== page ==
Twitter is a blaze with condemnation that most people that bothered to vote went for UKIP than any other single party in last weeks European Election. Let alone for the vast majority that chose not to visit the voting booths. Across mainland Europe the far right made spectacular advances. A darkness is descending as we howl against the fading moon dreading what this new dawn will usher forth...
Austerity, and online petitions have much in common. Both are dominant online topics, and both have a polarising effect on opinion as to whether they can ever truly yield successful outcomes. Petitions seem to be becoming the reposte of choice for those affected by the worst effects of austerity, and today I read about a case that exemplifies this brilliantly.
The banks have admitted guilt and they are paying us back for all the dodgy deals they got into! Well, not really. Banks are, in effect, 'fessing up to having behaved fraudulently or criminally. However what 'settling' means is actually 'paying regulators to shut up and stop asking difficult questions'.
George Osborne's speech at the Conservative Party Conference in Manchester dealt with themes we have come to expect from him: an emphasis on fiscal discipline and assurances that he is on the side of aspirational, "hard-working" people the length of the country. There were, however, also features we haven't heard before...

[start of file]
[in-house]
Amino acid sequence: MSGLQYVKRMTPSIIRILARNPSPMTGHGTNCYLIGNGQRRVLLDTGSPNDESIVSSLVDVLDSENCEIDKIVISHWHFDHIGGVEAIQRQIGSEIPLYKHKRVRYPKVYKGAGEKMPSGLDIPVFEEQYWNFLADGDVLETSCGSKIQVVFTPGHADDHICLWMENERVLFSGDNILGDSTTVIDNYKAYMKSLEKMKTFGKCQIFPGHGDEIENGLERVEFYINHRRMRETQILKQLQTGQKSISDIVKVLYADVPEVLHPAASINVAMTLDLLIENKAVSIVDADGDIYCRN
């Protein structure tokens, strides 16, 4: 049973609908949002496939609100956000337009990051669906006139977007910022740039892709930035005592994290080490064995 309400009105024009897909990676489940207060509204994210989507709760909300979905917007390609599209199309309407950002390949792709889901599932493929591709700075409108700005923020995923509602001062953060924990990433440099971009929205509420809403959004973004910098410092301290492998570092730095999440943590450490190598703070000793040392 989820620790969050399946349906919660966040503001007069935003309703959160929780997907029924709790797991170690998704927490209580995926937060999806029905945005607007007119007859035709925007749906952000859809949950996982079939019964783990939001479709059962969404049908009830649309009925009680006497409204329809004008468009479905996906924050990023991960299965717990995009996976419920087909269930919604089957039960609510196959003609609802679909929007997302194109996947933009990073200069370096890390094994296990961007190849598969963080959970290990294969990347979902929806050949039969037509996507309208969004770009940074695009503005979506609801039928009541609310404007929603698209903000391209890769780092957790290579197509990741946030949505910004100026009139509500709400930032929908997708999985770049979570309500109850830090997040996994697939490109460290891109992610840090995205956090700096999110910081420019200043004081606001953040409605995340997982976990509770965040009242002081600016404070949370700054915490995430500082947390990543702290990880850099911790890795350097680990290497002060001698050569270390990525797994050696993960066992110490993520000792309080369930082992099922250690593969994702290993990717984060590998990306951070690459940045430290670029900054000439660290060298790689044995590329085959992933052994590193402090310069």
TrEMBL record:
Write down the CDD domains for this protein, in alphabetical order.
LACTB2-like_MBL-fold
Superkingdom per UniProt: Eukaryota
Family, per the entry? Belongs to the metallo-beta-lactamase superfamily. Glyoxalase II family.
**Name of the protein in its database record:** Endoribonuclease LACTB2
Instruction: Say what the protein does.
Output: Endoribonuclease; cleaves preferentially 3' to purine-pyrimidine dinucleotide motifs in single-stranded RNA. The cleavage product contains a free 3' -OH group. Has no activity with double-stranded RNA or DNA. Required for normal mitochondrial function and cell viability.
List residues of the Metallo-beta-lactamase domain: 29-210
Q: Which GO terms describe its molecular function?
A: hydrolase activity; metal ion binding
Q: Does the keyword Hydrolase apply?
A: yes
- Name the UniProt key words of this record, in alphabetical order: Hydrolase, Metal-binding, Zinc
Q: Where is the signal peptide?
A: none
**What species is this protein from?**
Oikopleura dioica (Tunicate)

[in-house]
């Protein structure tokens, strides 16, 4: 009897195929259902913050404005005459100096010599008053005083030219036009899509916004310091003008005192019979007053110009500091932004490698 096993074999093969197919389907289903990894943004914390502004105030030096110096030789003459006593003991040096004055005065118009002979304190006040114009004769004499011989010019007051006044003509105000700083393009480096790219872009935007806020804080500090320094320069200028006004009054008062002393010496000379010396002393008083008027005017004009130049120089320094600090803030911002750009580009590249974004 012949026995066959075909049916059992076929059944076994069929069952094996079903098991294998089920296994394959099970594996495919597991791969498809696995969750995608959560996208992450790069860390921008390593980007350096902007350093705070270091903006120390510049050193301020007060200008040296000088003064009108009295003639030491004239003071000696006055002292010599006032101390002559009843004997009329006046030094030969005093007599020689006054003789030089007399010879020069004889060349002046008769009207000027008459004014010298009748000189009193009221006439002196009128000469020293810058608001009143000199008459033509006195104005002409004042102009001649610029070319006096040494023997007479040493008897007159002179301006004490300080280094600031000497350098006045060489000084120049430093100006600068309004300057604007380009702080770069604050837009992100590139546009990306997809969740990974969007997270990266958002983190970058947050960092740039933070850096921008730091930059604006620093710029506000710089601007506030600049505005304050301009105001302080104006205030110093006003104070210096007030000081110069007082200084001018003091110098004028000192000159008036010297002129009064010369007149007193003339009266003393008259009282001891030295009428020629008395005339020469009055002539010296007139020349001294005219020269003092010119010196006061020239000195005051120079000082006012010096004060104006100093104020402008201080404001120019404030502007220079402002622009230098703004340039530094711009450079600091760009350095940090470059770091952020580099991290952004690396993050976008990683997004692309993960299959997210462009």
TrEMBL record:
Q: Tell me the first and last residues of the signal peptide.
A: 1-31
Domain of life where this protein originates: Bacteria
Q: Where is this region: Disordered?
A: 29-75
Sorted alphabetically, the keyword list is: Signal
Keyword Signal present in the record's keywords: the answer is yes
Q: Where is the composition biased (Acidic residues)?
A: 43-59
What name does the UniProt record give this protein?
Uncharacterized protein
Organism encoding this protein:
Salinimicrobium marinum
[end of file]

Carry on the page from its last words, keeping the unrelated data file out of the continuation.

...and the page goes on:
Doom-mongers believe politicians will choose the easy way out and put pressure on central banks to crank up the printing presses. They often point to the weakness of the international monetary system, because it is based on fiat (soft) money, which is not backed by the value from tangible materials like gold. The pessimists think a monetary system based on fiat money will rarely, if ever, exist for long because hyperinflation is inevitable.
The architect of Britain's modern welfare system, Ernst Bevin, once remarked in an interview that not only did he dislike the phrase but that in fact he believed in no such thing as a welfare state. For the sick and the elderly full provision must be made but of the unemployed Bevin argued that only the bare minimum to 'keep body and soul together' should be provided.
If something looks too good to be true, it is. If someone tells you they can conjure money from thin air, they're lying. The City of London has been both too good to be true and seemingly magically producing money for several decades, and following the latest round of revelations about bankers' slavering greed, the game, I hope, is about to be up.